Release date: October 21, 2022
Publisher: Warner Bros. Games Montreal
Platforms: PlayStation 5, Xbox Series X|S, PC
Description: Batman is dead. A new expansive, criminal underworld has swept the streets of Gotham City. It is now up to the Batman Family – Batgirl, Nightwing, Red Hood, and Robin – to protect Gotham, bring hope to its citizens, discipline to its cops, and fear to its criminals. From solving mysteries that connect the darkest chapters in the city’s history to defeating notorious villains in epic confrontations.
Gotham Knights is an open-world, action RPG set in the most dynamic and interactive Gotham City yet. Patrol Gotham’s five distinct boroughs in solo or in co-op and drop in on criminal activity wherever you find it. Gotham Knights also includes Heroic Assault, a standalone mode supporting up to four players in online co-op.
Your legacy begins now. Step into the Knight.
In Gotham Knights, Batgirl is voiced by America Young, Nightwing is Christopher Sean, Robin is Sloane Morgane Siegel, Red Hood is Stephen Oyoung and Alfred is Gildart Jackson. Gotham Knights is available for PlayStation 5, Xbox Series X|S consoles and PC. The game will not be available for PlayStation®4 or Xbox One consoles.
By James Harvey
Following the mysterious death of Batman, his crew of dedicated sidekicks step-up to fill the gap in Gotham Knights, an intriguing look at Gotham City following the demise of its famed protector. Nightwing, Robin, Batgirl and Red Hood take the stage to not only solve the mystery behind their mentor’s passing, but to also break open a massive conspiracy that’ll change their world forever. Gotham Knights takes flight with its fascinating story and genuinely great character moments, but it’s occasionally frustrating controls and buggy presentation hold this team back from truly soaring.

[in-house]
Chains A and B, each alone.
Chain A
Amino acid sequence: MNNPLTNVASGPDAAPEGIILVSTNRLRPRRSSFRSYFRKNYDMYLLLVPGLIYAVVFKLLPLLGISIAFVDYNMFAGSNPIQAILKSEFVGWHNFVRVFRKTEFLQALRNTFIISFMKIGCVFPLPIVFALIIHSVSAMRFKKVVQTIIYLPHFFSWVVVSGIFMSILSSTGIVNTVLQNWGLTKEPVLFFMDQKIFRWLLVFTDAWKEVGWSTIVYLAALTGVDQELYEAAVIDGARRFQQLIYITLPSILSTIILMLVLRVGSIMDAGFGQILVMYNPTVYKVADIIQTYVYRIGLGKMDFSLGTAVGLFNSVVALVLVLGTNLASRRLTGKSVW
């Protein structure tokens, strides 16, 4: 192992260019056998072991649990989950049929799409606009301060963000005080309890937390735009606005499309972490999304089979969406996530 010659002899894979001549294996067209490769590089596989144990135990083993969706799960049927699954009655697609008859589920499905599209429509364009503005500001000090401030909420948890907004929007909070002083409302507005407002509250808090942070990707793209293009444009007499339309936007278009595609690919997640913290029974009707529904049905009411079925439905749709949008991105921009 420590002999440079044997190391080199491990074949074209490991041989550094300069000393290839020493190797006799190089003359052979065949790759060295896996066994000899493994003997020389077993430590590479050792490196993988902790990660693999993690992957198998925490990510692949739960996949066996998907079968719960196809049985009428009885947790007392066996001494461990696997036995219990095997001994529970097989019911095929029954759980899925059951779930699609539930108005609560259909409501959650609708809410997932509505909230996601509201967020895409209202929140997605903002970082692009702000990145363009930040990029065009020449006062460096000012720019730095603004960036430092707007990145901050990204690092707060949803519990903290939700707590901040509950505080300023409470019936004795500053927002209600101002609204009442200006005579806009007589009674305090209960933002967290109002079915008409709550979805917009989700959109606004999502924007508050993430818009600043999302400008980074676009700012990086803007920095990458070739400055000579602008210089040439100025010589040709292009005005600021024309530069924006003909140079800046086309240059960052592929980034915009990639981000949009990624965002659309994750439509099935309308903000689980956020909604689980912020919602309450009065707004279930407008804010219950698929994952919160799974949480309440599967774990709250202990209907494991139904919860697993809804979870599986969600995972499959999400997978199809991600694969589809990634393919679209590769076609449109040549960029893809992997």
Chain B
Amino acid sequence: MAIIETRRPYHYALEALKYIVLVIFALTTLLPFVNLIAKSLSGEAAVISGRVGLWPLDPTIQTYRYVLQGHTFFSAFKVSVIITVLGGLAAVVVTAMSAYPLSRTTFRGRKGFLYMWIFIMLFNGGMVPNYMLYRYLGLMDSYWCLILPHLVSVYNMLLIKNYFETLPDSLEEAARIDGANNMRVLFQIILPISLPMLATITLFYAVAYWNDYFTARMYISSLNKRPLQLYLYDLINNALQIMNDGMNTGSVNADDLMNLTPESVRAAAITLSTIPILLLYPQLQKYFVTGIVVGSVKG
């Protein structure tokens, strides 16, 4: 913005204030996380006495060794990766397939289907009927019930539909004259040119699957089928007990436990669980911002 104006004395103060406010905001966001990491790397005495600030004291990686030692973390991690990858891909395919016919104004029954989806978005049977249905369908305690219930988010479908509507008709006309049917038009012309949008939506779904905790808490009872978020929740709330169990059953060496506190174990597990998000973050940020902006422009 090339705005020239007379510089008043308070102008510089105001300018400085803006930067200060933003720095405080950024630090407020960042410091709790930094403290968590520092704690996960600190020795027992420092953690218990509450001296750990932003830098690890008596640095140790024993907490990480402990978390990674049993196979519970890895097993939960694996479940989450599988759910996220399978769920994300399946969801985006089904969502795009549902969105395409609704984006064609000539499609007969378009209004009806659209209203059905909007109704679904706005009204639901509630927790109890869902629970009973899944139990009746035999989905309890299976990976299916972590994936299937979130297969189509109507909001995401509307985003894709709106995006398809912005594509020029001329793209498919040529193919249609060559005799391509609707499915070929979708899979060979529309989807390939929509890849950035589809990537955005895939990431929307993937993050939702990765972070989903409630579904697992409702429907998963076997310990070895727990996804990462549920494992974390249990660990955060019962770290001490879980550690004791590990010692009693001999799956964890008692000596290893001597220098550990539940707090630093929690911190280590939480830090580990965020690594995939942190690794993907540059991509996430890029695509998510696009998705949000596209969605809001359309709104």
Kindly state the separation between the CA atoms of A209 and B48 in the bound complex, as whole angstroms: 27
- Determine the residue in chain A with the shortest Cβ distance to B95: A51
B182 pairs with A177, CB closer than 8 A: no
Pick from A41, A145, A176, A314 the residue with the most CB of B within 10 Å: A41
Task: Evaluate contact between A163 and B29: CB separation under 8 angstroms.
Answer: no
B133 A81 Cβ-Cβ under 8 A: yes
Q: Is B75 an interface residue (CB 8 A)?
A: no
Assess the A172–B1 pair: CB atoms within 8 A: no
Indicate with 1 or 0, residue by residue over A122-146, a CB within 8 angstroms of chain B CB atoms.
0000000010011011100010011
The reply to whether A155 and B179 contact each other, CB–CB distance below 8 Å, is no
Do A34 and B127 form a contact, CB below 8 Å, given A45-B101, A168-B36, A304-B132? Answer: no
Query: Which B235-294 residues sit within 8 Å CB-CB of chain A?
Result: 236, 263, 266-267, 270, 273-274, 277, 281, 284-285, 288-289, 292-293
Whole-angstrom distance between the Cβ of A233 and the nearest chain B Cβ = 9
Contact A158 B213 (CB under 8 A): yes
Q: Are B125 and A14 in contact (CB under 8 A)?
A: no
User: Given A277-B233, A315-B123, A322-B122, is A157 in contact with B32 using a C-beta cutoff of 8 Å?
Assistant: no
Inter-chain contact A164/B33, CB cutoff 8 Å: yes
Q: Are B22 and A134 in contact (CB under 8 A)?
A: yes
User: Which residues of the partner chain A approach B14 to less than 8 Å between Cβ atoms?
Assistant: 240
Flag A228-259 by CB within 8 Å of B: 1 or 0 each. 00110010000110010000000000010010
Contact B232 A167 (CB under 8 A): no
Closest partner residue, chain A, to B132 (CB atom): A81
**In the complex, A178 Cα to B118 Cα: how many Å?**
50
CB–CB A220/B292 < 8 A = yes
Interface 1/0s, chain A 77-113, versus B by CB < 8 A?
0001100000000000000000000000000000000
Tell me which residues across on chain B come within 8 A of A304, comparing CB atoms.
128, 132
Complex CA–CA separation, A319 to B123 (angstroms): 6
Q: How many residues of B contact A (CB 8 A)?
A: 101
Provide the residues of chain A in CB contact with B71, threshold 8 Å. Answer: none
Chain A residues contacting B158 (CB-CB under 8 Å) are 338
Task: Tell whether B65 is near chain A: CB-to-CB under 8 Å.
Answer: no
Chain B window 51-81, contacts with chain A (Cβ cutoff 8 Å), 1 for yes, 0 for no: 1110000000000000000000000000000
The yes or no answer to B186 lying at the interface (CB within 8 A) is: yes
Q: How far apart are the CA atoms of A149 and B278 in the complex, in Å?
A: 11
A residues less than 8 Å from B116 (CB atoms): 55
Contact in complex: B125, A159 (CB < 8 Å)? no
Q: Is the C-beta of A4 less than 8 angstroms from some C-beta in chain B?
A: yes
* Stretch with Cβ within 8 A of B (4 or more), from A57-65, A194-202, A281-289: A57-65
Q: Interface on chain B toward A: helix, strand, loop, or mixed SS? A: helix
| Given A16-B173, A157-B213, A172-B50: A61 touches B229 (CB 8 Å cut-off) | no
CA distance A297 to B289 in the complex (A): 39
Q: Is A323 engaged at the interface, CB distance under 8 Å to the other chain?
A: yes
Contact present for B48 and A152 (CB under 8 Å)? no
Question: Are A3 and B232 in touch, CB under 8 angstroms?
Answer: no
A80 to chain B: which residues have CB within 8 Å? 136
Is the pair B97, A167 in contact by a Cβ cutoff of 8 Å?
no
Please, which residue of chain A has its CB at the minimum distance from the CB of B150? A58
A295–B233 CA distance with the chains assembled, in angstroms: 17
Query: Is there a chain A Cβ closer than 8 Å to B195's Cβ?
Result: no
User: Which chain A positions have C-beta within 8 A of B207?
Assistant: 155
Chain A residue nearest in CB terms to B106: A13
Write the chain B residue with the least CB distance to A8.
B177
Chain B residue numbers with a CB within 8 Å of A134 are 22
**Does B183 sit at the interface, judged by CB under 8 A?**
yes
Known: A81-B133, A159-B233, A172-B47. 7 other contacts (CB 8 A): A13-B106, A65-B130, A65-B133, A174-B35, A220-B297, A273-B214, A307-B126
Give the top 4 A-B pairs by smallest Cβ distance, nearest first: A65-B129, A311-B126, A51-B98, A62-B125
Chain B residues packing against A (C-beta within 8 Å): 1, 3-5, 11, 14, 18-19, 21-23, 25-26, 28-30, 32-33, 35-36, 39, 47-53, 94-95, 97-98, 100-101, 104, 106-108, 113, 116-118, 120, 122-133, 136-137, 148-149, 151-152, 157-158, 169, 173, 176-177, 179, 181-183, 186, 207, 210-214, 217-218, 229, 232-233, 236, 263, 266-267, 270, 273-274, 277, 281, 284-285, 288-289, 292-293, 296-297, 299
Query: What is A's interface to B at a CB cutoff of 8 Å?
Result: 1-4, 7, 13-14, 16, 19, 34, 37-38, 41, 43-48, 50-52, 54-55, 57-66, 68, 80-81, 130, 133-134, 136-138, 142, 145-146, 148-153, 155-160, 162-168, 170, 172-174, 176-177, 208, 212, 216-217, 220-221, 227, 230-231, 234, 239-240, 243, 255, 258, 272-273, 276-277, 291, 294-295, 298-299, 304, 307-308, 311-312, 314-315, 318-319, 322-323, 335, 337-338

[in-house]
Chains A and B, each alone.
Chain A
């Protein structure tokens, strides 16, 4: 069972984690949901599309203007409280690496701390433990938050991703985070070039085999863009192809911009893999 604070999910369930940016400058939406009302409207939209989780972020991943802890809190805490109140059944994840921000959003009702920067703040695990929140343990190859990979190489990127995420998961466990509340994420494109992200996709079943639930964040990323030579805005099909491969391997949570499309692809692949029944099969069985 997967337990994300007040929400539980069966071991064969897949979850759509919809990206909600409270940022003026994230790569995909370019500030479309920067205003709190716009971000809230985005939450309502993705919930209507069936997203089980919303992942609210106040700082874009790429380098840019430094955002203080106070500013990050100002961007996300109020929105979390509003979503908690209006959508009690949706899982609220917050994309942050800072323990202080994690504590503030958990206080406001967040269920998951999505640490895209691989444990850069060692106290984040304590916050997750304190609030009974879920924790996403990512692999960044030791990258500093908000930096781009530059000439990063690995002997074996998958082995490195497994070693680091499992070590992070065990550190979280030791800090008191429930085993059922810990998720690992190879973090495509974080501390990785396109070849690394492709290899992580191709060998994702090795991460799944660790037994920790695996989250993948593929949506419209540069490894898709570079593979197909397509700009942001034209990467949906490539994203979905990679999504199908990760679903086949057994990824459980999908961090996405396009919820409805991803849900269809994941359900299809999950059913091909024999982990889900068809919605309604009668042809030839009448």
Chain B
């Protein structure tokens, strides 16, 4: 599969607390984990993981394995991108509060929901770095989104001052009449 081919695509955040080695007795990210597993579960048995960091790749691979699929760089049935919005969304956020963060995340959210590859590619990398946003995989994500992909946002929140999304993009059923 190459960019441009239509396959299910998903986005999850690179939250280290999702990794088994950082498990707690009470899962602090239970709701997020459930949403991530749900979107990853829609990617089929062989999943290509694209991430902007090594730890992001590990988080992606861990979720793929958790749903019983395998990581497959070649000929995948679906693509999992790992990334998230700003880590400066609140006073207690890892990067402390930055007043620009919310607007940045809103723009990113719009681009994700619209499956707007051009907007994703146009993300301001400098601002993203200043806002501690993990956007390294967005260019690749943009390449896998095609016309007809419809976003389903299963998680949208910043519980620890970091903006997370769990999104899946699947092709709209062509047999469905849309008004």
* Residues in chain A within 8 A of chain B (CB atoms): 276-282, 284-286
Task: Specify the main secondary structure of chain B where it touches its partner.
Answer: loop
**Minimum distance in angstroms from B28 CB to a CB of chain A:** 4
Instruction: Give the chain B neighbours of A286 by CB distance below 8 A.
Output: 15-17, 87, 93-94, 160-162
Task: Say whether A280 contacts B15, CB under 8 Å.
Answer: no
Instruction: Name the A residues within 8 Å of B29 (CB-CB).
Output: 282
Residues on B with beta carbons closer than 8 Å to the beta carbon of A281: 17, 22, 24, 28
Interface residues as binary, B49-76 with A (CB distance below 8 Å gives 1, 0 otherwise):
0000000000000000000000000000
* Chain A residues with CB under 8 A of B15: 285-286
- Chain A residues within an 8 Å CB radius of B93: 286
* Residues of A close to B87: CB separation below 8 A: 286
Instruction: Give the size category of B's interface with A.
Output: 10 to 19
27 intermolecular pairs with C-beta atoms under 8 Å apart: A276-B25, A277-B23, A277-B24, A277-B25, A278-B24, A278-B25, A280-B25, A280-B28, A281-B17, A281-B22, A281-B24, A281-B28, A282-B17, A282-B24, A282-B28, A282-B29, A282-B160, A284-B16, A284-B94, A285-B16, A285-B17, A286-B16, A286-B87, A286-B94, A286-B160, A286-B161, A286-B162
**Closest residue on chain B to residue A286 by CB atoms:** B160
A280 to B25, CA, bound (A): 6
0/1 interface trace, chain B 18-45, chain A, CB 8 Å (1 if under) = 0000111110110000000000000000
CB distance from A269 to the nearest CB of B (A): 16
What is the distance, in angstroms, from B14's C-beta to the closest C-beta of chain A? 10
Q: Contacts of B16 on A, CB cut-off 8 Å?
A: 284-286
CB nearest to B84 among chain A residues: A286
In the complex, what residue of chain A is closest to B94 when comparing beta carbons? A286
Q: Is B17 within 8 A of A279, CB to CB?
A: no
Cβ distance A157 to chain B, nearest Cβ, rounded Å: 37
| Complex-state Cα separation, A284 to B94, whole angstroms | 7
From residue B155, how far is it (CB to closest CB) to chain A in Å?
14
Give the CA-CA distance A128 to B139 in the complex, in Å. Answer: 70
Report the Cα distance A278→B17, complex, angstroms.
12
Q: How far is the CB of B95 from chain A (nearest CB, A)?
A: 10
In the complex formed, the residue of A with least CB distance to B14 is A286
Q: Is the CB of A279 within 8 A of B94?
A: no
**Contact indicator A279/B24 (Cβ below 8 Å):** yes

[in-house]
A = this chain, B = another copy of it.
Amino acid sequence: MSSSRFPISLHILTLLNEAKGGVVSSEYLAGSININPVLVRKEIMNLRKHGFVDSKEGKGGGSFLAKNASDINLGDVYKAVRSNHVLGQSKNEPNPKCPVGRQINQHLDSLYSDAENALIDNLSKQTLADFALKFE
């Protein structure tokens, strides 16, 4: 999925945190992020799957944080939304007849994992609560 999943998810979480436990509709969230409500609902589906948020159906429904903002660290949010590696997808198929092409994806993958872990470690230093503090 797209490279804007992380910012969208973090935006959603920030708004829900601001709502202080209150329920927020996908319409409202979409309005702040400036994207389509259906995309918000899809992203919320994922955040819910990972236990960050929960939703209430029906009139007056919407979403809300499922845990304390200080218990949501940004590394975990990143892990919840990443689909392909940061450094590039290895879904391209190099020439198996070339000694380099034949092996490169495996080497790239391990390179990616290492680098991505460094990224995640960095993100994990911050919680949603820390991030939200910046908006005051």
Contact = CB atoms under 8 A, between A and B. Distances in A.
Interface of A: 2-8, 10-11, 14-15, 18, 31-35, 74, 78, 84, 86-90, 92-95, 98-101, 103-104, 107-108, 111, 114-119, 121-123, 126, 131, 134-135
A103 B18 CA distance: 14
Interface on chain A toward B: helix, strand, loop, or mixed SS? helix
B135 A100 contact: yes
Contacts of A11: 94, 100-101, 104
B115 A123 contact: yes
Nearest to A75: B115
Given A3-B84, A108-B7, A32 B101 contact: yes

In Gotham Knights, players patrol the dark streets of five distinct boroughs in Gotham City using a variety of detective and combat skills to solve crimes and protect the citizens. As Batgirl, Nightwing, Red Hood or Robin, players will be able to beat-up crooks and explore the open-world in single or untethered two-player online co-op. Here, our heroes will solve mysteries that connect the darkest chapters in the city’s history, while engaging in epic confrontations and encounters with notorious DC Super-Villains, such as the cold-blooded Mr. Freeze, mastermind criminal influencer Harley Quinn, shape-shifting colossus Clayface and the mysterious Court of Owls, a secret society made up of Gotham City’s wealthiest families.
To note right away, Gotham Knights is not a follow-up to the acclaimed Batman: Arkham series, but instead an entirely new world for players to dive into. While there are similarities between the two, and understandably so since both game series take the same rough approach to Batman’s famed stomping grounds, Gotham Knights ultimately manages to successfully strike out on its own, even with its aggravating missteps.
Gotham Knights starts off strong thanks to a heavy emphasis on the Bat-Family grappling with the loss of Batman and accepting their new roles as the main protectors of Gotham City. After an extended set-up, establishing both the main cast and giving players a run-through of each hero’s abilities, the game truly kicks off as our heroes begin to uncover missions and objectives that’ll take them to the streets to tussle with some of Gotham’s worst. Along for the ride is Alfred Pennyworth, who seems likely to outlive all of the Bat-crew that point.